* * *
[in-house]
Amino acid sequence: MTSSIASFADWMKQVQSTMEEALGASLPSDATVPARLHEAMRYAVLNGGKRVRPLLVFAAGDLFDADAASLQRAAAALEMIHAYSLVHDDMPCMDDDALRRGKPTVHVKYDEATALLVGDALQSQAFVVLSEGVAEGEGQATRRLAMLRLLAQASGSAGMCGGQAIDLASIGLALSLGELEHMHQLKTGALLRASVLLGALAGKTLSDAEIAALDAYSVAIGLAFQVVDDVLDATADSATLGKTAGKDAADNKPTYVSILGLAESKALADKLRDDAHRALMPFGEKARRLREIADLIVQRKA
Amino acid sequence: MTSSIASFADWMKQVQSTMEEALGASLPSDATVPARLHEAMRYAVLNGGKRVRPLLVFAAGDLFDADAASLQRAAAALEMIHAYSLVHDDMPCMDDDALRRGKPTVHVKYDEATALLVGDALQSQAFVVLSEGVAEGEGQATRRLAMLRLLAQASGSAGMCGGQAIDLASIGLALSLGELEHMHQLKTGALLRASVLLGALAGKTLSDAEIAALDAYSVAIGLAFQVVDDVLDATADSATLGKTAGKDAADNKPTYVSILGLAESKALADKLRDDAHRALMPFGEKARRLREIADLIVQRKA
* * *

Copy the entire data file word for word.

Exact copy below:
[in-house]
Amino acid sequence: MTSSIASFADWMKQVQSTMEEALGASLPSDATVPARLHEAMRYAVLNGGKRVRPLLVFAAGDLFDADAASLQRAAAALEMIHAYSLVHDDMPCMDDDALRRGKPTVHVKYDEATALLVGDALQSQAFVVLSEGVAEGEGQATRRLAMLRLLAQASGSAGMCGGQAIDLASIGLALSLGELEHMHQLKTGALLRASVLLGALAGKTLSDAEIAALDAYSVAIGLAFQVVDDVLDATADSATLGKTAGKDAADNKPTYVSILGLAESKALADKLRDDAHRALMPFGEKARRLREIADLIVQRKA
Amino acid sequence: MTSSIASFADWMKQVQSTMEEALGASLPSDATVPARLHEAMRYAVLNGGKRVRPLLVFAAGDLFDADAASLQRAAAALEMIHAYSLVHDDMPCMDDDALRRGKPTVHVKYDEATALLVGDALQSQAFVVLSEGVAEGEGQATRRLAMLRLLAQASGSAGMCGGQAIDLASIGLALSLGELEHMHQLKTGALLRASVLLGALAGKTLSDAEIAALDAYSVAIGLAFQVVDDVLDATADSATLGKTAGKDAADNKPTYVSILGLAESKALADKLRDDAHRALMPFGEKARRLREIADLIVQRKA